Coffinite is a uranium-bearing silicate mineral with formula: U(SiO4)1-x(OH)4x. It is a uranium-bearing silicate mineral. It was first described in 1954 for an occurrence at the La Sal No. 2 Mine, Beaver Mesa, Mesa County, Colorado, US, and named for American geologist Reuben Clare Coffin (1886–1972).
- Category: Nesosilicate
- Formula: U(SiO4)1-x(OH)4x
- Crystal system: Tetragonal
- Crystal class: Ditetragonal dipyramidal (4/mmm)
Initial examination of coffinite by Stieff et al. described the mineral as black in color with an adamantine luster, indistinguishable from uraninite (UO2). Initial samples showed a brittle texture and a hardness between 5 and 6, with a specific gravity of 5.1. It occurs as black incrustations, dark to pale-brown in thin section. It has a grayish-black streak. It has a brittle to conchoidal fracture. The hardness of coffinite is between 5 and 6.
- Color: Black (from organic inclusions; pale to dark brown in thin section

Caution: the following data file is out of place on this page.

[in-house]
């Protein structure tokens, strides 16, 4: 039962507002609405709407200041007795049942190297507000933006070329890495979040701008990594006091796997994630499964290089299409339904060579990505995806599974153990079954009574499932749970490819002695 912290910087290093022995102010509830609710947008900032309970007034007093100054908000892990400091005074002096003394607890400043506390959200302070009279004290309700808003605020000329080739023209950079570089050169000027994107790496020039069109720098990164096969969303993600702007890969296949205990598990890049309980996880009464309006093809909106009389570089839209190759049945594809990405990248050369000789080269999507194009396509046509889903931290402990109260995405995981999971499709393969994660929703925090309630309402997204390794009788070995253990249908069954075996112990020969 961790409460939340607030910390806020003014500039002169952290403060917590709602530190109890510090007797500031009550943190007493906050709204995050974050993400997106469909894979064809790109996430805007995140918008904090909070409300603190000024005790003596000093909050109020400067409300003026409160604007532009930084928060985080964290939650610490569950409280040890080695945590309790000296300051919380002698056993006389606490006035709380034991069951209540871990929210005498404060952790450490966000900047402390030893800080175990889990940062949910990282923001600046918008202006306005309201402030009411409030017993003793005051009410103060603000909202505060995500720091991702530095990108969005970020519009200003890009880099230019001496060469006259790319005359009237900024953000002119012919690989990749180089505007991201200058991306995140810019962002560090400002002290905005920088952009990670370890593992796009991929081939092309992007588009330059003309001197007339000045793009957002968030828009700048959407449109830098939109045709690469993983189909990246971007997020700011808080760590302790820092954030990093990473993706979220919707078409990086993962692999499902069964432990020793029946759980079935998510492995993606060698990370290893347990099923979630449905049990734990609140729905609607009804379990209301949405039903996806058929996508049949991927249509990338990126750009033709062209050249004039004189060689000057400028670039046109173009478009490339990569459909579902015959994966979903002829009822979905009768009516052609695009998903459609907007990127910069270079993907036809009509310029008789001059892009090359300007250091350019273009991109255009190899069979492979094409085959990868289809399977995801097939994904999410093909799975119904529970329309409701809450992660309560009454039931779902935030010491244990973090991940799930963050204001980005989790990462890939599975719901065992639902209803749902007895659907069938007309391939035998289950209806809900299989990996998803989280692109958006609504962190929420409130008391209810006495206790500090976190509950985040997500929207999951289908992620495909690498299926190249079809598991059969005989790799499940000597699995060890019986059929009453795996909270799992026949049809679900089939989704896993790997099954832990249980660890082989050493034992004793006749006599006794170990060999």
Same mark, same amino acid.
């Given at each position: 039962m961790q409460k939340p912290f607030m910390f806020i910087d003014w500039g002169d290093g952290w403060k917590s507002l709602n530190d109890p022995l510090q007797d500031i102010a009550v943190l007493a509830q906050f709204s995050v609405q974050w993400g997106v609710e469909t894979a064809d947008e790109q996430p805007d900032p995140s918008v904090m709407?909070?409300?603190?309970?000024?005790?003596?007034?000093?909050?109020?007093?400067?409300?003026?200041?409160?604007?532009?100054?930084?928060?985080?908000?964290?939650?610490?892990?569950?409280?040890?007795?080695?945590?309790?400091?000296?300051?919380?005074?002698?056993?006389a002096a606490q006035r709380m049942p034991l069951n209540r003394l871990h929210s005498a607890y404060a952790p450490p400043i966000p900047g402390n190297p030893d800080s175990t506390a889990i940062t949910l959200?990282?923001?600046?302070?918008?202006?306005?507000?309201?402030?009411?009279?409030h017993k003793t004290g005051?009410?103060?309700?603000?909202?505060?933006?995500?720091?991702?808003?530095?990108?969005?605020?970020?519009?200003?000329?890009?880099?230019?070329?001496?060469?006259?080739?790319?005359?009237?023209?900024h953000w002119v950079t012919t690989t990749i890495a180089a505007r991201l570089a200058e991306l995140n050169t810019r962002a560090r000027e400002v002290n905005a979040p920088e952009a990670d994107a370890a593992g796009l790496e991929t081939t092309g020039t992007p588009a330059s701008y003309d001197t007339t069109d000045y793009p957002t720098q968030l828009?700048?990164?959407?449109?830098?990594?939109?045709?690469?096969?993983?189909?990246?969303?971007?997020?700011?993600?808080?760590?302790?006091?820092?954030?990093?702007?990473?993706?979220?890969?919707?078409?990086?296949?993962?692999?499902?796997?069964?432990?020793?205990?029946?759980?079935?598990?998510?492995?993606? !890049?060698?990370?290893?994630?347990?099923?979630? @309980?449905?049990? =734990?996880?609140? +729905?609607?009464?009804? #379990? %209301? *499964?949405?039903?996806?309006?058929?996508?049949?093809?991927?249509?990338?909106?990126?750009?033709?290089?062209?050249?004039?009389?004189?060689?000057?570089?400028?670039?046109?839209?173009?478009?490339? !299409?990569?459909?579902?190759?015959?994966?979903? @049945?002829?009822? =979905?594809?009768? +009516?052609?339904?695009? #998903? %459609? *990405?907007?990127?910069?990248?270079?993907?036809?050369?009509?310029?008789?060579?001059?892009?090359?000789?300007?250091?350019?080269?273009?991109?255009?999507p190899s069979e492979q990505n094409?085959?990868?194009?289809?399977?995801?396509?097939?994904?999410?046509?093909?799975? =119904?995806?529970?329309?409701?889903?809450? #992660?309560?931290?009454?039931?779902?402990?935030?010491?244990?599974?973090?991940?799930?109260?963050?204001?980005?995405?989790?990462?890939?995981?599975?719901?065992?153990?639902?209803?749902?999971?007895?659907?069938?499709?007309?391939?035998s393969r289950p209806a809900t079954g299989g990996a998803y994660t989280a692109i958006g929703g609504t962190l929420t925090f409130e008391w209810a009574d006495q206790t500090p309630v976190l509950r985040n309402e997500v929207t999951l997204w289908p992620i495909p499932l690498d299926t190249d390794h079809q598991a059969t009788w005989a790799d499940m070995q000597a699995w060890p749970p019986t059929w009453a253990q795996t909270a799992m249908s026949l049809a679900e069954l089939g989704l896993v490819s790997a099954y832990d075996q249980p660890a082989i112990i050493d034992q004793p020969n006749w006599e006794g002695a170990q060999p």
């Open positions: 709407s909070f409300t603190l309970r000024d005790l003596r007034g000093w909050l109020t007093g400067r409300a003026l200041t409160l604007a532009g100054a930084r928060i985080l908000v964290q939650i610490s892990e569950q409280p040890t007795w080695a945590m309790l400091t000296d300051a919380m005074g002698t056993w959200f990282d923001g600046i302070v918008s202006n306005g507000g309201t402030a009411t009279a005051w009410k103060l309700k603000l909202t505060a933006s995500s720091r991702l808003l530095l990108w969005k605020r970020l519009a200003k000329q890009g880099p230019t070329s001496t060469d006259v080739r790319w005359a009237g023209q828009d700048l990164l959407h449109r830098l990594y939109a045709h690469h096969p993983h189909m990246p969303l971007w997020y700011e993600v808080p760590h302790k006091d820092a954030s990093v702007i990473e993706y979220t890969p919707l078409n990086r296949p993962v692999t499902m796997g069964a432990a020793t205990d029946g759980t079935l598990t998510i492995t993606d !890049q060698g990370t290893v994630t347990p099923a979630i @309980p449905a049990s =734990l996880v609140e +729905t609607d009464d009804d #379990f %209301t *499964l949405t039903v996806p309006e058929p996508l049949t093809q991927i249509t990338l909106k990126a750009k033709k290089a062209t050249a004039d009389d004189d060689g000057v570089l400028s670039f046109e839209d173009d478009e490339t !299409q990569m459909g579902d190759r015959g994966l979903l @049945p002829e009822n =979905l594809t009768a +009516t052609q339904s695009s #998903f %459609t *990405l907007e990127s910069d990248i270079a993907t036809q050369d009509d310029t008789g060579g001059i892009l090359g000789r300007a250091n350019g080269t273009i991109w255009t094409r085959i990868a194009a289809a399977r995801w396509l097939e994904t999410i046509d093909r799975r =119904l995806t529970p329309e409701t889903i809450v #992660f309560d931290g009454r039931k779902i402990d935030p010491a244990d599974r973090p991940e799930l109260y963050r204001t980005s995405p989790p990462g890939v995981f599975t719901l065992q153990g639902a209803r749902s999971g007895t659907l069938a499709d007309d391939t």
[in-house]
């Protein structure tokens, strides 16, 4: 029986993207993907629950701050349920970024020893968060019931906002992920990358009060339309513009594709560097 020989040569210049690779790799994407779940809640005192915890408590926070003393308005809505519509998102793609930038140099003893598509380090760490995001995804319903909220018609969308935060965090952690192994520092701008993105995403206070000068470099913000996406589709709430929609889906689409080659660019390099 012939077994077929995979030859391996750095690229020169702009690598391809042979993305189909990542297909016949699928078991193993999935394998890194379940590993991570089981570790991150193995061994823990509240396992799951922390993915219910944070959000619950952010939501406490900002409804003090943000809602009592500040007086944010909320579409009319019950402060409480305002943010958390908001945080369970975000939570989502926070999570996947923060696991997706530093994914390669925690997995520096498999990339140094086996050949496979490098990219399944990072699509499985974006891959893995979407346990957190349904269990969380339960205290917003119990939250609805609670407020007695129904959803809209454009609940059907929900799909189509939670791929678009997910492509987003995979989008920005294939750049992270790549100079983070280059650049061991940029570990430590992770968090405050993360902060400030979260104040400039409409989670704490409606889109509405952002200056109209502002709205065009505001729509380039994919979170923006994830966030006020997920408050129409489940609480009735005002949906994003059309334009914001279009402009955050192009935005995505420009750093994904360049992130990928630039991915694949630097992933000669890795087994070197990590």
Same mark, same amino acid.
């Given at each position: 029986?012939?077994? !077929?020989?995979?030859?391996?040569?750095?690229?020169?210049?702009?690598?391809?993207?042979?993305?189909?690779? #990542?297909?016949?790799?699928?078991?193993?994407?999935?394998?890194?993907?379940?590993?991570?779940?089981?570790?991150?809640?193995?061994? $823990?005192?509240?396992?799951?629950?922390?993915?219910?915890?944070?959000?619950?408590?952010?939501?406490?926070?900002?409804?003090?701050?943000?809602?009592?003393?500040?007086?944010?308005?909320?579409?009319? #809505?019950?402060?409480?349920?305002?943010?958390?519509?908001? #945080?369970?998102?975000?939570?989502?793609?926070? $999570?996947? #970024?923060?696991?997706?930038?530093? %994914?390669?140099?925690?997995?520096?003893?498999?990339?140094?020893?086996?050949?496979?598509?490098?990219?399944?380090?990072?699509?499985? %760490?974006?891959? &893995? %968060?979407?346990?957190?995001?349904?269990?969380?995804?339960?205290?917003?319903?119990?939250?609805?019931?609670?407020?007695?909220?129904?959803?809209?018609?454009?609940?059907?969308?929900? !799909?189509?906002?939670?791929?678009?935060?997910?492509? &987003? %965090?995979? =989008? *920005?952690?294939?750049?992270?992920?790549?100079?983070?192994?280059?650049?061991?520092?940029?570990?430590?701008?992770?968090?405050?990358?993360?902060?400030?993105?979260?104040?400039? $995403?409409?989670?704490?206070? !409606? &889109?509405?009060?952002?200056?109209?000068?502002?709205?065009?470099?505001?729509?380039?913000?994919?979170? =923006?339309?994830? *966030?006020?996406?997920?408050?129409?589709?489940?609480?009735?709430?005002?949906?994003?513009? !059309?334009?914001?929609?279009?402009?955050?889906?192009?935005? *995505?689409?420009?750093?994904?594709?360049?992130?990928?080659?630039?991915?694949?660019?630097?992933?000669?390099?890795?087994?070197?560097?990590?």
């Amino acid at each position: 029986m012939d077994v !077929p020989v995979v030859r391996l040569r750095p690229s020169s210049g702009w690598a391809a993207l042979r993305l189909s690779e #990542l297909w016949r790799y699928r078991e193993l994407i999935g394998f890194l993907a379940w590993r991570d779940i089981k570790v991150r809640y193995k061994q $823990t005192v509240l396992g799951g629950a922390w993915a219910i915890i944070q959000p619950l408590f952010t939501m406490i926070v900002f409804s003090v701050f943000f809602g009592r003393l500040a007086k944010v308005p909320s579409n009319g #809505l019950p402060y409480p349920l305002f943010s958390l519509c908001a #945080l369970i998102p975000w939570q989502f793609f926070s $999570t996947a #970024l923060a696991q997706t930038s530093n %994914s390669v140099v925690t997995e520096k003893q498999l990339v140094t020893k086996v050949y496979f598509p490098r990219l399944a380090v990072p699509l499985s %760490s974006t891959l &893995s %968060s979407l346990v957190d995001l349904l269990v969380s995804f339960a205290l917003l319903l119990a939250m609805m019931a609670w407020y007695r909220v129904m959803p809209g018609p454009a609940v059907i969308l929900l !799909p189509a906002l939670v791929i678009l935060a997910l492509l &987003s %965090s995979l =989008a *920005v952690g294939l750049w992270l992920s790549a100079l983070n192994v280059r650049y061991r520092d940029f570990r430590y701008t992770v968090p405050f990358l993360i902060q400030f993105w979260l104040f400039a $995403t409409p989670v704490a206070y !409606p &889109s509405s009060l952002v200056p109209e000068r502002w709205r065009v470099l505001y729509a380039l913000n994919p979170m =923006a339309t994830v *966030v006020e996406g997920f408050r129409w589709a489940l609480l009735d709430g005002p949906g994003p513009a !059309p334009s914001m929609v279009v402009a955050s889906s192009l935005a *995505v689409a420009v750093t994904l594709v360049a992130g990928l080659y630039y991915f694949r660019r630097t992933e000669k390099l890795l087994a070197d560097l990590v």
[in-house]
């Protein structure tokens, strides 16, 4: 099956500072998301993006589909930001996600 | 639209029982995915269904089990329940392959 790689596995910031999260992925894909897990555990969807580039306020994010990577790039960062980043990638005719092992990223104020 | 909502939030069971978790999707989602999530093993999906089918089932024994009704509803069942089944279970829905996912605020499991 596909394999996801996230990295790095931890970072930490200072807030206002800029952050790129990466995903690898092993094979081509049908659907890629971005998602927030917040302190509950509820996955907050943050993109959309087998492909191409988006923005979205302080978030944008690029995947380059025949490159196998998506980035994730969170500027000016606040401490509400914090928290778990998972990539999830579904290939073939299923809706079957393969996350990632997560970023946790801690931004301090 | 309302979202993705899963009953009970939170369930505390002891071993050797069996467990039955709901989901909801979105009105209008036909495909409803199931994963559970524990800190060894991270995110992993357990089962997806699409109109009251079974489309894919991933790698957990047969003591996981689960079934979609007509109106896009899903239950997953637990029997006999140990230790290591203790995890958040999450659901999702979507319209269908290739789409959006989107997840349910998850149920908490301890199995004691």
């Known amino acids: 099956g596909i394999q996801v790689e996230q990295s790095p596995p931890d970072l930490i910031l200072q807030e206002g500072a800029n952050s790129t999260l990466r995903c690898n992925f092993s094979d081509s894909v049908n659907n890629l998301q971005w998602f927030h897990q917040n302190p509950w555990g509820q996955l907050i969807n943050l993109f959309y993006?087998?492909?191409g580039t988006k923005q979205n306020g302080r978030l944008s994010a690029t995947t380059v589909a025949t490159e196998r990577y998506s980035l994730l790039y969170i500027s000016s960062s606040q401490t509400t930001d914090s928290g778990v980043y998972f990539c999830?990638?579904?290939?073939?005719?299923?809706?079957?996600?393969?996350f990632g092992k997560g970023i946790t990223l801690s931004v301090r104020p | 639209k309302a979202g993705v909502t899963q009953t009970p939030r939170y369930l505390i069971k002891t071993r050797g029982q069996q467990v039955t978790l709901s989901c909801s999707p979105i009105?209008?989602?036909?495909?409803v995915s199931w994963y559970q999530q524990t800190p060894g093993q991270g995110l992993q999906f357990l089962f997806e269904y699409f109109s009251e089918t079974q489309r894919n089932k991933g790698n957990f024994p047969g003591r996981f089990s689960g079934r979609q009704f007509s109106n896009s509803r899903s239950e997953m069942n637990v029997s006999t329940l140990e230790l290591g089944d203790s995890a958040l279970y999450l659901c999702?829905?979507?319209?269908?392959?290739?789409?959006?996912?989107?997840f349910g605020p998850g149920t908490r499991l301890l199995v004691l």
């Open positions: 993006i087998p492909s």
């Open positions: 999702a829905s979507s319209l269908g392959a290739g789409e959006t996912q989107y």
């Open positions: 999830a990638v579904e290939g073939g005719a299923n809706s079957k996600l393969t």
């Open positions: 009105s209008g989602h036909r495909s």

- Crystal habit: Rarely as crystals, commonly as colloform to botryoidal incrustations, fibrous, pulverulent masses
- Fracture: Irregular to subconchoidal
- Tenacity: Brittle to friable
- Mohs scale hardness: 5-6
- Luster: Dull to adamantine
- Streak: Grayish black
- Diaphaneity: Opaque, transparent on thin edges
- Specific gravity: 5.1
Coffinite was first discovered in sedimentary uranium deposits in the Colorado Plateau region but has also been discovered in sedimentary uranium deposits and hydrothermal veins in many other locations. Samples of coffinite from the Colorado Plateau were found with black fine-grained low-valence vanadium minerals, uraninite, and finely dispersed black organic material. Other materials associated with later finds from the same region were clay and quartz.
It has widespread global occurrence in Colorado Plateau-type uranium ore deposits of uranium and vanadium. It replaces organic matter in sandstone and in hydrothermal vein type deposits. It occurs in association with uraninite, thorite, pyrite, marcasite, roscoelite, clay minerals and amorphous organic matter.